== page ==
It’s no secret that our shining Aussie star of the NBA, Andrew Bogut, is having a career-best season so far. But it’s also hard to deny it’s been a very inconsistent one. The slow start to the season was unsurprising – it was, after all, a long road to recovery for Bogut after his back injury forced him to miss most of last season. Having dusted off the cob webs, AB started to get in a groove just when Brandon Jennings and the Bucks were showing the league they needed to be taken seriously. After putting together a solid seven-game span which saw the Bogometer top 70% every time, and start to make some serious All-Star noise, we heard the unfortunate news that Bogut had injured his leg.
Then a funny thing happened. The Bucks winning record dipped sharply towards the .500 mark, Brandon Jennings’ star began to fade, and everyone started to realise just how valuable Drew was for his team. He demonstrated that emphatically with a “heroic” performance against the Bulls in his return from injury – 22-15 with 4 blocks, including clutch plays in the final minute. It seemed the leg injury had not impeded his form – Bogey was back in business.
Or so we thought.
Since that heroic return, Bogut has struggled mightily to string more than three good games together. A look below at the Bogometer scores (and corresponding labels) so far this season shows that pretty clearly.
It’s uncanny just how impenetrable that three-game barrier seems for Bogut – and I should stress the Bogometer is mainly influenced by Bogut’s individual performances, and less by the game’s outcome (although this certainly does get factored in, and by the way if you’re wondering how it’s calculated, I can tell you that it’s very complex and is done in this room – that’s me on the left). Take the fact that Bogut’s best game of the season – a career-high 31 points, 18 rebound win against Indiana – came just three games before he was benched the entire second half against Charlotte, coach Skiles subjecting Michael Redd to the same fate.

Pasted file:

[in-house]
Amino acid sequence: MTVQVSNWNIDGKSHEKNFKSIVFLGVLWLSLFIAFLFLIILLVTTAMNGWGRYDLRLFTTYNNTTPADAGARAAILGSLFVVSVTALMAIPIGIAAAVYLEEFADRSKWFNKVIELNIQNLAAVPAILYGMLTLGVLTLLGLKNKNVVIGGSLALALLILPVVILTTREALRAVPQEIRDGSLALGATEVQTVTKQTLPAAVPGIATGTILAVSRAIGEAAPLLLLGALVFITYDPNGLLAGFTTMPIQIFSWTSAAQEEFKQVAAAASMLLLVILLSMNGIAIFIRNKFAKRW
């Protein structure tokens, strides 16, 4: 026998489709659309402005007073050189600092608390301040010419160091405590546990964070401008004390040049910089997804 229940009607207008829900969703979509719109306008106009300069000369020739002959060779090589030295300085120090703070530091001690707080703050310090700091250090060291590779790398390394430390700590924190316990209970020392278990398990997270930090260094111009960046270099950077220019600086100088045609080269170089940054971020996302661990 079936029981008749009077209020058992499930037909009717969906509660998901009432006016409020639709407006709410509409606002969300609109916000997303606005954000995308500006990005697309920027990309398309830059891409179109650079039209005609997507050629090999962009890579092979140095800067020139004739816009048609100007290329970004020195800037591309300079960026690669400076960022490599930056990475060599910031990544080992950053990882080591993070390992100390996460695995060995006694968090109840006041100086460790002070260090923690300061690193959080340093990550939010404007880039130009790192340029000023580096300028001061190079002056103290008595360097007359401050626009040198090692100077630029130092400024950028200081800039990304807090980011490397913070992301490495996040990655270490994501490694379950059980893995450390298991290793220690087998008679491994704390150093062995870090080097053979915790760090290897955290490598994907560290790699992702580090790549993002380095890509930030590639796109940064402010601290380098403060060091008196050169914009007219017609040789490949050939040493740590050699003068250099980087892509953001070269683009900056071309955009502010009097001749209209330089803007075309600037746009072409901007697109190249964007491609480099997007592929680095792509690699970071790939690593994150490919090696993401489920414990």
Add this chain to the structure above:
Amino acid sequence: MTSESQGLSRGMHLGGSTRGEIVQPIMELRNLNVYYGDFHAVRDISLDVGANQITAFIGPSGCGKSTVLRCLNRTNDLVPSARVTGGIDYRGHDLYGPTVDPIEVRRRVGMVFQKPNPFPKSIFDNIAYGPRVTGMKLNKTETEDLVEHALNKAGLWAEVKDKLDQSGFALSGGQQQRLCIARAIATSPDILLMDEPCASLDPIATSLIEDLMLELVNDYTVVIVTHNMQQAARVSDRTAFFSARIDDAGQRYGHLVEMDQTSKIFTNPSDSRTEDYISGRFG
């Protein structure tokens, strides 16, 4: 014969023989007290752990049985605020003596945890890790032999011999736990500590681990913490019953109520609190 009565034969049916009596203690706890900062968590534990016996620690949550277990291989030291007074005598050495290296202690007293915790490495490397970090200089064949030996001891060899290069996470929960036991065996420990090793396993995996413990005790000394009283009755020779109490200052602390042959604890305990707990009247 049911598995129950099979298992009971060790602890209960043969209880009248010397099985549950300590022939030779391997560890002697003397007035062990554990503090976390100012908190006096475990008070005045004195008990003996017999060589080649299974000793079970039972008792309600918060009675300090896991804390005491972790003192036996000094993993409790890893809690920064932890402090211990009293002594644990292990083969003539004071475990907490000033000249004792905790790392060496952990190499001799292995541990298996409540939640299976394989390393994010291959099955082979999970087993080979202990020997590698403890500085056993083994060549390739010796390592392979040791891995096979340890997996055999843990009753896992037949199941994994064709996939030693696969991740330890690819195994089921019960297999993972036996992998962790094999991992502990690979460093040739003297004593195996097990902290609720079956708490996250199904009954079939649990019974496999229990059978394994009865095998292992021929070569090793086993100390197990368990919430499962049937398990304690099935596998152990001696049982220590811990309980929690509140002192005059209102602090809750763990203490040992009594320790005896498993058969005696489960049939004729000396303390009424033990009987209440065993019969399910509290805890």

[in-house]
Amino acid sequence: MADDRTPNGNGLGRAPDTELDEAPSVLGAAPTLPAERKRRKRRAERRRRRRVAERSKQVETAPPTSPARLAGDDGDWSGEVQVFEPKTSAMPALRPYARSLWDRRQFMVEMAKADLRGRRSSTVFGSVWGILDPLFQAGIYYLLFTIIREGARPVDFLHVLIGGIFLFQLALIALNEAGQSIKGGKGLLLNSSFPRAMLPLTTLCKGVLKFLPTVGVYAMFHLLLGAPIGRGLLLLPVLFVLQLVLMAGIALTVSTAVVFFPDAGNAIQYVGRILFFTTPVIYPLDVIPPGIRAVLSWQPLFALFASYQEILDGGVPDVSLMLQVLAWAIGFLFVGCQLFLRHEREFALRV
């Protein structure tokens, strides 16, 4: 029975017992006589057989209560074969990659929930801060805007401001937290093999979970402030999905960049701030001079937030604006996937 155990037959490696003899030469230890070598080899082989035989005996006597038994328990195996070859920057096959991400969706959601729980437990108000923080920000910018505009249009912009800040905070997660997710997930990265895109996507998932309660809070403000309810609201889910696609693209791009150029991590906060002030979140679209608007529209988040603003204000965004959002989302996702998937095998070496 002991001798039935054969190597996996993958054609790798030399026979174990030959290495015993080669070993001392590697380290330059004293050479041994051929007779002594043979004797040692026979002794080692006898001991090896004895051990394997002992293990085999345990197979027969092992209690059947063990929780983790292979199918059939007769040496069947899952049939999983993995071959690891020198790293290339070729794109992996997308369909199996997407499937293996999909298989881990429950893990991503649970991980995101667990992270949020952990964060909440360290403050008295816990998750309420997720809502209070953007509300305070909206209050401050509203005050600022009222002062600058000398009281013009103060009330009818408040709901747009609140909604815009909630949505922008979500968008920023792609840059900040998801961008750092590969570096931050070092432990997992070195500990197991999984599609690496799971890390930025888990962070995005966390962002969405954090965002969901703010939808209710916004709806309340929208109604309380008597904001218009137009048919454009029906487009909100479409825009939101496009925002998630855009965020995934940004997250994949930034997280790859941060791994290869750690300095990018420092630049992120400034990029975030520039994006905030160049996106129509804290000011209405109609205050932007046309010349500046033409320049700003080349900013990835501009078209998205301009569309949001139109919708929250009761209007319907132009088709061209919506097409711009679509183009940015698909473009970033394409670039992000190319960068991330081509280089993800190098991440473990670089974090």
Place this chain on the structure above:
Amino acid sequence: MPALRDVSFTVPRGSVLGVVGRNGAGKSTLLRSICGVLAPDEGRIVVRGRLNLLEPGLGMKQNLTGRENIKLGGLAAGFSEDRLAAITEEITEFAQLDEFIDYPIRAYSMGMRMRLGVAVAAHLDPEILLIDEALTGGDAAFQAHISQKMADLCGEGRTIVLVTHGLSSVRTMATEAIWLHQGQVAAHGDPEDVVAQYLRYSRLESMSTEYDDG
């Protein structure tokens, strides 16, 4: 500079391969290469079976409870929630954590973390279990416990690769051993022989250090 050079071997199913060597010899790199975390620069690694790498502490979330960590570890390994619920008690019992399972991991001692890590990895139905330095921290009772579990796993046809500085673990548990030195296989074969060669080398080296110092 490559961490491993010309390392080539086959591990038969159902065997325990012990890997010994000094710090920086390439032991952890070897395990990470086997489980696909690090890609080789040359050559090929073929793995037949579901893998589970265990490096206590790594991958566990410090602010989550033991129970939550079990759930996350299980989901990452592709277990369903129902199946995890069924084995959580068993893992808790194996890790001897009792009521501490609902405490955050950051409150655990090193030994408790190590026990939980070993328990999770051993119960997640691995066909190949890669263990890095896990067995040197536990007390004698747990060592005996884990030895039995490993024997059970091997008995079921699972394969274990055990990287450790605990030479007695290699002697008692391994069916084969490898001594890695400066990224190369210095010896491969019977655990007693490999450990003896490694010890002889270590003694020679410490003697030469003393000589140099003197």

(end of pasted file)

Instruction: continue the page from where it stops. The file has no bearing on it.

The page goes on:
But as I knew he would, Bogut bounced back and was soon eating 20-15 games for breakfast, including a block-fest (six) against Chicago (has to be his favorite team to play, right?). And what happened after the block-fest? A disappointing effort against the Lakers where Bynum schooled him, Bogut salvaging some respect by still grabbing 11 rebounds.
As I’ve said before, I know I probably sugarcoat Bogut’s efforts some times, but I’ll call a spade a spade. His best is certainly All-Star worthy. His worst, this season, has been pretty woeful. Which makes his 15.4 points per game, 9.9 rebounds per game and 1.9 blocks per game all the more remarkable – imagine what kind of numbers he’d be putting up if he just ironed out those troughs?.
That is the key for Bogut throughout the rest of the 2009-2010 campaign. Consistency. I’m loving his game so far – he’s become more aggressive and polished at the offensive end and is near-unstoppable at his best (just ask the Celtics who are a very good defensive team, and were completely shredded by AB). At the other end he’s being the defensive enforcer that the Bucks always wanted him to be. All the while he’s maintained those big-man smarts and soft touch that were a hallmark of those early scouting reports – and it helps that he’s now got the pieces around him in Milwaukee to showcase that (although he’ll have to do without Redd for the rest of the season). He’s proved, repeatedly this season, that he can dominate across four quarters.
I’d just love to see him dominate across four games.